Vassiliki, Lefkada 311 00, Greece
Although Lefkada is the only Greek island accessible by land (via a causeway first built in 500 B.C.E.), its main attractions are the incredible white-sand beaches Porto Katsiki, Kathisma, and Egremni, which are featured on countless Greek tourism posters. The annual Ionian Regatta starts in Nydri’s marina. Mild winds and a smattering of small islands with plenty of anchorages make this part of the Ionian ideal for inexperienced sailors. Strong gusts in the northern part of the island are a favorite among kitesurfers (who swoop above Agios Ioannis beach) and windsurfers (who whiz across Vassiliki Bay).
Panormos 842 01, Greece
With more than 60 classic Cycladic villages on Tinos, it’s hard to pick a favorite. The largest, Pyrgos (or Panormos), is the hub of the island’s marble sculpture, a tradition that dates back centuries. Every doorway and lintel is decorated with carved flowers and birds, and the street signs and even the bus stop are solid marble. In the square, cooled by a jingling spring and giant plane tree, all the cafés claim to serve the best galaktoboureko (wobbly custard enveloped in syrupy phyllo). There are three intriguing museums dedicated to marble crafts: the home of celebrated sculptor Giannoulis Chalepas, the Tinian Artists Museum, and the excellent, interactive Museum of Marble Crafts. But the elaborate tombstones in the cemetery are the best and most moving examples of local artistry.
Naxos 843 00, Greece
The ancient historian Herodotus described Naxos as the “happiest of islands.” It’s certainly hard not to have a good time on the largest of the Cycladic islands, with its antiquities, medieval watchtowers, mountain trails dotted with Byzantine churches, and miles and miles of soft, sandy beaches. Hidden in the hills are three marble kouroi―giant anthropomorphic statues measuring more than 35 feet long. Nobody knows why these 2,500-year-old statues were built or how they ended up there. Two of them lie snoozing in a shady lemon and oleander grove near Melanes. The third, unfinished kouros has been lying in a marble quarry near the seaside village of Apollonas since the 6th century B.C.E.
A bit removed from the other Sporades islands, Skyros is deeply traditional. Old ladies in yellow headscarves sit on their stoops, bent over embroidery. Carpenters chisel the distinctive wooden skamnaki (miniature chairs carved with geometric patterns) in dusty workshops. Beaten copper and painted ceramic plates decorate every inch of wall in typical village houses. If you peek inside, weathered residents will usually invite you in for a Greek coffee. Otherwise head to the Manos Faltaits Folk Art Museum, which contains a replica Skyros house, as well as Byzantine manuscripts, farm tools, and the intricate folk costumes that locals still wear for weddings and church festivals. On a terraced hillside overlooking the sea, the adjacent amphitheater is a glorious setting for summer concerts.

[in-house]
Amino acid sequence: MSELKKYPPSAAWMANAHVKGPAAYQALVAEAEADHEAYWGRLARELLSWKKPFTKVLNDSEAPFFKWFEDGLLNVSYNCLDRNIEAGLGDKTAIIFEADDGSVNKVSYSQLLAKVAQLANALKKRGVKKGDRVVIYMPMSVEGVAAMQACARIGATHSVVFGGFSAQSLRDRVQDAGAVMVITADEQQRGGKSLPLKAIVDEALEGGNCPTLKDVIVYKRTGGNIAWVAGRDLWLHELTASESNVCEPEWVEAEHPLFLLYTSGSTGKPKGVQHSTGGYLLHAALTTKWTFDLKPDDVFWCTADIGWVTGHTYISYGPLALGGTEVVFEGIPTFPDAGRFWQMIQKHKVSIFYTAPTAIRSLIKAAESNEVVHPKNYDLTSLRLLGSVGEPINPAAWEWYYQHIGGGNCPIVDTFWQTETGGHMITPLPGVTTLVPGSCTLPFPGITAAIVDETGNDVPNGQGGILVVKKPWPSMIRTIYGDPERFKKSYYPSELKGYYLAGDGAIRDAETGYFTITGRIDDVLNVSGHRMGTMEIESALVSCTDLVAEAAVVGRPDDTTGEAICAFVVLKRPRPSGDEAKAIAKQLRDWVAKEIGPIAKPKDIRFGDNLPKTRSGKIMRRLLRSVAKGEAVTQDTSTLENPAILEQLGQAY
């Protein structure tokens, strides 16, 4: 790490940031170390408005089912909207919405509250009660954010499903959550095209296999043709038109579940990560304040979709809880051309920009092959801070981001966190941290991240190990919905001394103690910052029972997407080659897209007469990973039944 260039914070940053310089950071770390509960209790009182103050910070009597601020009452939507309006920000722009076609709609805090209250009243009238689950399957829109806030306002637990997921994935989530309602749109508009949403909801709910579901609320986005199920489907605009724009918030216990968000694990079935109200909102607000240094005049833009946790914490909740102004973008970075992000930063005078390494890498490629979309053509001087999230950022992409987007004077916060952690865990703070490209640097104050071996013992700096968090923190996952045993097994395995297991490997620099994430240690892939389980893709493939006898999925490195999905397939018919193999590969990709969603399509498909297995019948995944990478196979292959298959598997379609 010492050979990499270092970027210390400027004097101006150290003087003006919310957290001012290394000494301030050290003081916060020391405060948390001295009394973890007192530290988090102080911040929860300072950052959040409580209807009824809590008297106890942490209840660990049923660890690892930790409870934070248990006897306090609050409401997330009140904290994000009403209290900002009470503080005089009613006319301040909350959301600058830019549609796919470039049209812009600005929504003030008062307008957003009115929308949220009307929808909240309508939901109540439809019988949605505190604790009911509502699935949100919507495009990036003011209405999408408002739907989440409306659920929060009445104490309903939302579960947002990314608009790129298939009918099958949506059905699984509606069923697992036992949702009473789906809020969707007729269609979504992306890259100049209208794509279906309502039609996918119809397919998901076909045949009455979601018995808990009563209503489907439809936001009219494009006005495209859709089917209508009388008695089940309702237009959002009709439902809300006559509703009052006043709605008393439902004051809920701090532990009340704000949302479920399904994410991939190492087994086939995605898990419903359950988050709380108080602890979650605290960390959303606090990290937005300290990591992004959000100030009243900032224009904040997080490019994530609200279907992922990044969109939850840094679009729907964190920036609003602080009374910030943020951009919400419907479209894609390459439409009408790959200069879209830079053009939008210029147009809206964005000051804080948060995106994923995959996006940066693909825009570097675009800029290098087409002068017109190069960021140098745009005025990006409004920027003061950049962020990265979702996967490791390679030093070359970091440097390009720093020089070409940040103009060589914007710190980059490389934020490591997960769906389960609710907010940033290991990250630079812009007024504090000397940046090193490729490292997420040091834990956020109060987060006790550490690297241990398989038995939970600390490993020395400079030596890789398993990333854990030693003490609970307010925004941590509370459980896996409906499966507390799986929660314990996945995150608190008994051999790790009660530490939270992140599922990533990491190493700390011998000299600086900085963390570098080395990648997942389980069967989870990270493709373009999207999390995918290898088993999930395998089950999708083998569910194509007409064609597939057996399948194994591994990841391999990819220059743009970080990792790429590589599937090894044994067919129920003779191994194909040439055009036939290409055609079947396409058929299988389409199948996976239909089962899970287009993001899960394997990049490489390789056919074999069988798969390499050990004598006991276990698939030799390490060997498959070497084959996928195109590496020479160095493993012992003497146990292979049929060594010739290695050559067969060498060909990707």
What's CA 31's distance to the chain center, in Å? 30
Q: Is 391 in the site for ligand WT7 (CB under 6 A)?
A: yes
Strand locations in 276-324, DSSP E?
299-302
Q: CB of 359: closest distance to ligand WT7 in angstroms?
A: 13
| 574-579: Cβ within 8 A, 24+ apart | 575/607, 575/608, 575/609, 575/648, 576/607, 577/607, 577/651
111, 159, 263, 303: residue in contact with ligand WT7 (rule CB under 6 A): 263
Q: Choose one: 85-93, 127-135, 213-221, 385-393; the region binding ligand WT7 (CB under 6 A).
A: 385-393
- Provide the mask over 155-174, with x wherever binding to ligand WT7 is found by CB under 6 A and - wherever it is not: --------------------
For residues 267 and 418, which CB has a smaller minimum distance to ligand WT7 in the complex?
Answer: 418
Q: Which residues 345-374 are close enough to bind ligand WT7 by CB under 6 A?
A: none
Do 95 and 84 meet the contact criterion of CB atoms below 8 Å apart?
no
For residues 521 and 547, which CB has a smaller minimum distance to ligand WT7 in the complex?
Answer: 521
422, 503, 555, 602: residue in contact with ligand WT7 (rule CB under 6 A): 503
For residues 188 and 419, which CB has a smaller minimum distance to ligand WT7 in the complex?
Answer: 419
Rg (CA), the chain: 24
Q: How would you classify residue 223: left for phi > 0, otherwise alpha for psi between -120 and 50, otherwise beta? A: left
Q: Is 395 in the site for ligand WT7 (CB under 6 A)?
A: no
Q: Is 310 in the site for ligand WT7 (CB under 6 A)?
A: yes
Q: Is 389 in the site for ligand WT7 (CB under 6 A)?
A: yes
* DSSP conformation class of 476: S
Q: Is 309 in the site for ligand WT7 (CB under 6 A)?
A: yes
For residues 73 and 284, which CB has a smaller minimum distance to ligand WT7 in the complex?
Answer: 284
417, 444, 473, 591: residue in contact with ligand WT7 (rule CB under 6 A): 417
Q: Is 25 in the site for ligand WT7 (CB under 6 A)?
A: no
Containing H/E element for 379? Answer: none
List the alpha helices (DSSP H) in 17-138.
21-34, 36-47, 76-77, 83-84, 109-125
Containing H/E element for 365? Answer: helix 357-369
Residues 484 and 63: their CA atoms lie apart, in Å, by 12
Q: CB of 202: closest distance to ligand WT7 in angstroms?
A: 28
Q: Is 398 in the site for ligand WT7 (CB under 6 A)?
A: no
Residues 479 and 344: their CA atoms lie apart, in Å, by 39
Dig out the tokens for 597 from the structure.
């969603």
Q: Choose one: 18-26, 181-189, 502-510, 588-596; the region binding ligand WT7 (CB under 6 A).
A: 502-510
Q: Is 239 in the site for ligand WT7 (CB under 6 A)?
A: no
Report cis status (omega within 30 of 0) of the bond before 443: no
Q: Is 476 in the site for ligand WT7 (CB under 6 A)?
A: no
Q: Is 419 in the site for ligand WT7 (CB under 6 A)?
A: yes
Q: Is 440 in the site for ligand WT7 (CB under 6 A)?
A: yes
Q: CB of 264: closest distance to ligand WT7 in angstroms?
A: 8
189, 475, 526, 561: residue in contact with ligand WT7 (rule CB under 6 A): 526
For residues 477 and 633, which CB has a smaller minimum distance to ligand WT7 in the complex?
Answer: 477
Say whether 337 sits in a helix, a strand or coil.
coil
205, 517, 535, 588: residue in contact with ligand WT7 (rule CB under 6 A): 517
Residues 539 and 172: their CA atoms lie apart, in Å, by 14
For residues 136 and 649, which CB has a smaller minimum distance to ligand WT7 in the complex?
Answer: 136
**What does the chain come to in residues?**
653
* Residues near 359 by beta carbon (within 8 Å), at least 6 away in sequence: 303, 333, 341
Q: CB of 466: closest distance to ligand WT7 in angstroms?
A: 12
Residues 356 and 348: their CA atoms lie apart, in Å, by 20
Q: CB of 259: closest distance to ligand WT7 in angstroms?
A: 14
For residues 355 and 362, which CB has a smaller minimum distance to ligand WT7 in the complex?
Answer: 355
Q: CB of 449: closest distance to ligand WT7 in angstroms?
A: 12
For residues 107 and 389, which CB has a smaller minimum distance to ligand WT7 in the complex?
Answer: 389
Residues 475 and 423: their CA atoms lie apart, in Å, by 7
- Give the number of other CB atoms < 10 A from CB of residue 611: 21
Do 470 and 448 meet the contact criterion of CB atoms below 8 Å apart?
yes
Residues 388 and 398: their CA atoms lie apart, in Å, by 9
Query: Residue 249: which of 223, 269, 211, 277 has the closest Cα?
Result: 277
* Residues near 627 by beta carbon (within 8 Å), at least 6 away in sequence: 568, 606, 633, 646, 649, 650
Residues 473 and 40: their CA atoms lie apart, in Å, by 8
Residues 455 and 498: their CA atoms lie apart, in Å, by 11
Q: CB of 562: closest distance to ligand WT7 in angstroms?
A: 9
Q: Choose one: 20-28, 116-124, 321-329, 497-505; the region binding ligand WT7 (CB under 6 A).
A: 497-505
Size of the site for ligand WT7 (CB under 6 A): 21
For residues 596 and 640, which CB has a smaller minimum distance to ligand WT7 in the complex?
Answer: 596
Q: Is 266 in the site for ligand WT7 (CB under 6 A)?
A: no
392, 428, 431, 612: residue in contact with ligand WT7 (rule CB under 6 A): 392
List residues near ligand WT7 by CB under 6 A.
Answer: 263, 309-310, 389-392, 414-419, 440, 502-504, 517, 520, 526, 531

Of all the Greek islands, sybaritic Mykonos has the most to offer big spenders. Instead of worry beads and flip-flops, the shopping scene is more Louis Vuitton and Lalaounis jewelry. Ergon, a stark white concept store with rag rugs installed between the rafters, stocks an exciting collection of clothing and accessories by Greek designers. Embroidered caftans, tasseled espadrilles, and colorful straw fedoras are just the thing for sashaying through town or showing off your tan at beach bars such as Alemàgou and Scorpios. Gifts inspired by ancient Greece include a Trojan horse paperweight, a minimalist amphora pendant, and gold olive-branch earrings. You can also customize your own espadrilles, T-shirt, or beach tote.
Nomikos Street, Oía 847 02, Greece
Dreamed up by a pair of American philosophy majors, this atmospheric bookshop a few steps down from Oia’s pedestrian “main street” is packed to the rafters with novels, travel books, rare first editions, and, of course, Greek mythology and philosophy. (Look up, and squeezed between the rafters and bookshelves, you’ll see bunks where employees bed down after closing time.) The easygoing, erudite staff and the soundtrack of Nina Simone and Ella Fitzgerald make it hard to leave in a hurry (or empty-handed). Journals and totes imprinted with Greek quotes make great souvenirs. The foldout map of Santorini, highlighting the owners’ secret swimming spots and watering holes, is all you need for an authentic experience of this most touristy of Greek islands.
Unnamed Road, Milos 848 00, Greece
Locals claim there are 75 beaches on volcanic Milos, ranging from brilliant white to black, red, and gray. Hidden fjords, hot springs, and underwater caves make a stunning setting for kayaking, scuba diving, and sailing. The otherworldly coastline is also a refuge for monk seals. If you’re lucky, you might spot some as you swim through Kleftiko, a series of white rock formations eroded by the piercingly blue sea. Pirates used to lurk in the caves, waiting to capsize ships. A round-the-island boat trip includes a swim through Sikia Cave, where sunbeams bounce off the cobalt water and mineral deposits cause rainbows to ripple across the rocks.